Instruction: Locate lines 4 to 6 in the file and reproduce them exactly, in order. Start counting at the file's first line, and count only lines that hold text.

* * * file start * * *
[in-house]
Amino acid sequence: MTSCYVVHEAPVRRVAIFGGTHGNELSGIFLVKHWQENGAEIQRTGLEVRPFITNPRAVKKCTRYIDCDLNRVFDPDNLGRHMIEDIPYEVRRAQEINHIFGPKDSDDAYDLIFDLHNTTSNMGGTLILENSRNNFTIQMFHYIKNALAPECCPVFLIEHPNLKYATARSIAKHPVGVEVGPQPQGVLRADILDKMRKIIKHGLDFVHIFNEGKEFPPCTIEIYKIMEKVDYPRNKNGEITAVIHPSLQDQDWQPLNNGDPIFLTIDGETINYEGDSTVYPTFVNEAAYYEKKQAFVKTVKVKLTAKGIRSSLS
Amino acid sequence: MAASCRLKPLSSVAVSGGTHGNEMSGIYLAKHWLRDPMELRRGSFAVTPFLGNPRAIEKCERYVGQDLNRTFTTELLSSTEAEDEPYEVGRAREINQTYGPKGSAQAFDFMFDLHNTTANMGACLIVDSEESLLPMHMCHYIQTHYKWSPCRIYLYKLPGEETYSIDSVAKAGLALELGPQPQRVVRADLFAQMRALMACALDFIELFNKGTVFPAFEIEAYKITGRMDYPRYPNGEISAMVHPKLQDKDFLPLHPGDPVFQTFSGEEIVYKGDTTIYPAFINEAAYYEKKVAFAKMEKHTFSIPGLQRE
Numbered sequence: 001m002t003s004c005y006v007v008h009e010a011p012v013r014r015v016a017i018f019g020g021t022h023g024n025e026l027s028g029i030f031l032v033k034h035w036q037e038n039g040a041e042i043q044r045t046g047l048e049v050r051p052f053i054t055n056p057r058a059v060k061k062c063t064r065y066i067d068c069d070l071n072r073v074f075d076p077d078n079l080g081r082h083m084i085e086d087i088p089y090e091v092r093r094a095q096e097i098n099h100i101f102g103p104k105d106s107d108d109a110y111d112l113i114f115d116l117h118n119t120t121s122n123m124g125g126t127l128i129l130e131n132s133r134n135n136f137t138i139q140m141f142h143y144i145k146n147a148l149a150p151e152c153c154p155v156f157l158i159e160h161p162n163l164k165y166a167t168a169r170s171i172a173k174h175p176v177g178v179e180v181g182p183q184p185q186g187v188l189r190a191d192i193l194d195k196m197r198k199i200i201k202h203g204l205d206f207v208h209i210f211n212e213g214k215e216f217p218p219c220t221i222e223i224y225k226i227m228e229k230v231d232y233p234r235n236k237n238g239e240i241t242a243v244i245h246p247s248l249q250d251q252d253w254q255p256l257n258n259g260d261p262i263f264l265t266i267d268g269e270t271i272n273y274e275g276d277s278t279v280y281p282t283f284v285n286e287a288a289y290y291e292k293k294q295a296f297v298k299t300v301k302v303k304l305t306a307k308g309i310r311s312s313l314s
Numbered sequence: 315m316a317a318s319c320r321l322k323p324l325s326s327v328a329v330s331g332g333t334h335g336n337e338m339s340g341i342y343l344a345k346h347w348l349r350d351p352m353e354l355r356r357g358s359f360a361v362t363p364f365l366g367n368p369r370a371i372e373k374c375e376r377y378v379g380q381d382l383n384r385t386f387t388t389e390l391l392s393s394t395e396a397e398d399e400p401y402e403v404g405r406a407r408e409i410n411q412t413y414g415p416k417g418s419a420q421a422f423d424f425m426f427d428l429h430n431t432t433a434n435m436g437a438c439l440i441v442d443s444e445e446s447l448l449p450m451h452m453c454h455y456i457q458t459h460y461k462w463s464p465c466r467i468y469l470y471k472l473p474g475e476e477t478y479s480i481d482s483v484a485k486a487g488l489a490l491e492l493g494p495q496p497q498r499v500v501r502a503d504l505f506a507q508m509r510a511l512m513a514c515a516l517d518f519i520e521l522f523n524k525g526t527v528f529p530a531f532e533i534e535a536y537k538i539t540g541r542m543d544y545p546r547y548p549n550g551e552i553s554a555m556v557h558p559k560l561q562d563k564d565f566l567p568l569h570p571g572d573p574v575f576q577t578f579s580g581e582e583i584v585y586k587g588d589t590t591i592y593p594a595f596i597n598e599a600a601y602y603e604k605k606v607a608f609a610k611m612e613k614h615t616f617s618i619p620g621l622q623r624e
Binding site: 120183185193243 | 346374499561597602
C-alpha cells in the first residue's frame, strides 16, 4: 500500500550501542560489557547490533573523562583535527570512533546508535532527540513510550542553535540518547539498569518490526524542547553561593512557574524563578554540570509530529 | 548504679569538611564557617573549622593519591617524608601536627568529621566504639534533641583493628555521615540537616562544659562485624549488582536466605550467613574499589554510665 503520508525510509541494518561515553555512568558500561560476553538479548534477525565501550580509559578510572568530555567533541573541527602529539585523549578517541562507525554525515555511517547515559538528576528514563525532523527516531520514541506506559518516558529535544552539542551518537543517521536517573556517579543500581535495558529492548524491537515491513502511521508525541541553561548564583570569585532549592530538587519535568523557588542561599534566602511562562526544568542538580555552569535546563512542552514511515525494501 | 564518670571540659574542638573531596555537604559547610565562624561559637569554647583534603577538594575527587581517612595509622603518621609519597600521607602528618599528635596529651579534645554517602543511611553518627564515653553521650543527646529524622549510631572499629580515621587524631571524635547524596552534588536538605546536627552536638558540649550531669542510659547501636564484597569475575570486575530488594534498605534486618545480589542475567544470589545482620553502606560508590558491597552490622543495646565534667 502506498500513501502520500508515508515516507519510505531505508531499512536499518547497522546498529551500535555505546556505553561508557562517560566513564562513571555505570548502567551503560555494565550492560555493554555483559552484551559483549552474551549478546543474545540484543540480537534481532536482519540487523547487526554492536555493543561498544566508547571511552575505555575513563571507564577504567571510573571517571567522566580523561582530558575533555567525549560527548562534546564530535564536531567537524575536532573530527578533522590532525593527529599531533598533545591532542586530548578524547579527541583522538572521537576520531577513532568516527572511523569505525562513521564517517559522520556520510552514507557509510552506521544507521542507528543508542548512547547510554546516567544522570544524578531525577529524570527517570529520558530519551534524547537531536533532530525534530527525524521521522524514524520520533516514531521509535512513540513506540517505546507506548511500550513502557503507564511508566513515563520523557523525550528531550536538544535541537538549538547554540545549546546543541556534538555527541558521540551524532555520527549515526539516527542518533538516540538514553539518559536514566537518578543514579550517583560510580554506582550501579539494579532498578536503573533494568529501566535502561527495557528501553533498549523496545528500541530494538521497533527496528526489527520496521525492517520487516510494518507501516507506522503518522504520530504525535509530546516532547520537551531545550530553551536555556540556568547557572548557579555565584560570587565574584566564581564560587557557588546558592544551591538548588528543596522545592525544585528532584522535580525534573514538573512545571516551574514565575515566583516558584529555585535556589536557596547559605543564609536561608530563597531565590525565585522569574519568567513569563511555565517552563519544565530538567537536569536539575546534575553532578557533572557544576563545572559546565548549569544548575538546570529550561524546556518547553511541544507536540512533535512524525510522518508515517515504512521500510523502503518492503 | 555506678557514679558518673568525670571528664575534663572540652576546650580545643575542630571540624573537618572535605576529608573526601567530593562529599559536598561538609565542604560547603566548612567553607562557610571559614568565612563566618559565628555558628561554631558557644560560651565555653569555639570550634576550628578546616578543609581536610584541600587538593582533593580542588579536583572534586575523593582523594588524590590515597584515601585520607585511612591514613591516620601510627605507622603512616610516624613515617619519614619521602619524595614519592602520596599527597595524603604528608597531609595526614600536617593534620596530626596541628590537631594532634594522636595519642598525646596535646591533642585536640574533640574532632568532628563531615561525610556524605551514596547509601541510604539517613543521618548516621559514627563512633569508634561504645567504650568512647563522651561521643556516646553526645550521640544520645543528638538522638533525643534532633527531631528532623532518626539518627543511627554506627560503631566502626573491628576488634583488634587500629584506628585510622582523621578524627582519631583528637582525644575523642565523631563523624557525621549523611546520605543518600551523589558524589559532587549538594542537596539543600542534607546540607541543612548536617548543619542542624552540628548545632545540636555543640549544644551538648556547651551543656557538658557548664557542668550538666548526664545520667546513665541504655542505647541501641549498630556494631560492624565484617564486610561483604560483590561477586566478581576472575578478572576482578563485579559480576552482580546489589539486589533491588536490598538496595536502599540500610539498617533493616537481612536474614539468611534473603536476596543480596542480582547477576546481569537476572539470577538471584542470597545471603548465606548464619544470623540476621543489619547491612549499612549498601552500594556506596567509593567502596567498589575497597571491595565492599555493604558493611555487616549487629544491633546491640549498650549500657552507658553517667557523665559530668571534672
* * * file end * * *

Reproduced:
Numbered sequence: 001m002t003s004c005y006v007v008h009e010a011p012v013r014r015v016a017i018f019g020g021t022h023g024n025e026l027s028g029i030f031l032v033k034h035w036q037e038n039g040a041e042i043q044r045t046g047l048e049v050r051p052f053i054t055n056p057r058a059v060k061k062c063t064r065y066i067d068c069d070l071n072r073v074f075d076p077d078n079l080g081r082h083m084i085e086d087i088p089y090e091v092r093r094a095q096e097i098n099h100i101f102g103p104k105d106s107d108d109a110y111d112l113i114f115d116l117h118n119t120t121s122n123m124g125g126t127l128i129l130e131n132s133r134n135n136f137t138i139q140m141f142h143y144i145k146n147a148l149a150p151e152c153c154p155v156f157l158i159e160h161p162n163l164k165y166a167t168a169r170s171i172a173k174h175p176v177g178v179e180v181g182p183q184p185q186g187v188l189r190a191d192i193l194d195k196m197r198k199i200i201k202h203g204l205d206f207v208h209i210f211n212e213g214k215e216f217p218p219c220t221i222e223i224y225k226i227m228e229k230v231d232y233p234r235n236k237n238g239e240i241t242a243v244i245h246p247s248l249q250d251q252d253w254q255p256l257n258n259g260d261p262i263f264l265t266i267d268g269e270t271i272n273y274e275g276d277s278t279v280y281p282t283f284v285n286e287a288a289y290y291e292k293k294q295a296f297v298k299t300v301k302v303k304l305t306a307k308g309i310r311s312s313l314s
Numbered sequence: 315m316a317a318s319c320r321l322k323p324l325s326s327v328a329v330s331g332g333t334h335g336n337e338m339s340g341i342y343l344a345k346h347w348l349r350d351p352m353e354l355r356r357g358s359f360a361v362t363p364f365l366g367n368p369r370a371i372e373k374c375e376r377y378v379g380q381d382l383n384r385t386f387t388t389e390l391l392s393s394t395e396a397e398d399e400p401y402e403v404g405r406a407r408e409i410n411q412t413y414g415p416k417g418s419a420q421a422f423d424f425m426f427d428l429h430n431t432t433a434n435m436g437a438c439l440i441v442d443s444e445e446s447l448l449p450m451h452m453c454h455y456i457q458t459h460y461k462w463s464p465c466r467i468y469l470y471k472l473p474g475e476e477t478y479s480i481d482s483v484a485k486a487g488l489a490l491e492l493g494p495q496p497q498r499v500v501r502a503d504l505f506a507q508m509r510a511l512m513a514c515a516l517d518f519i520e521l522f523n524k525g526t527v528f529p530a531f532e533i534e535a536y537k538i539t540g541r542m543d544y545p546r547y548p549n550g551e552i553s554a555m556v557h558p559k560l561q562d563k564d565f566l567p568l569h570p571g572d573p574v575f576q577t578f579s580g581e582e583i584v585y586k587g588d589t590t591i592y593p594a595f596i597n598e599a600a601y602y603e604k605k606v607a608f609a610k611m612e613k614h615t616f617s618i619p620g621l622q623r624e
Binding site: 120183185193243 | 346374499561597602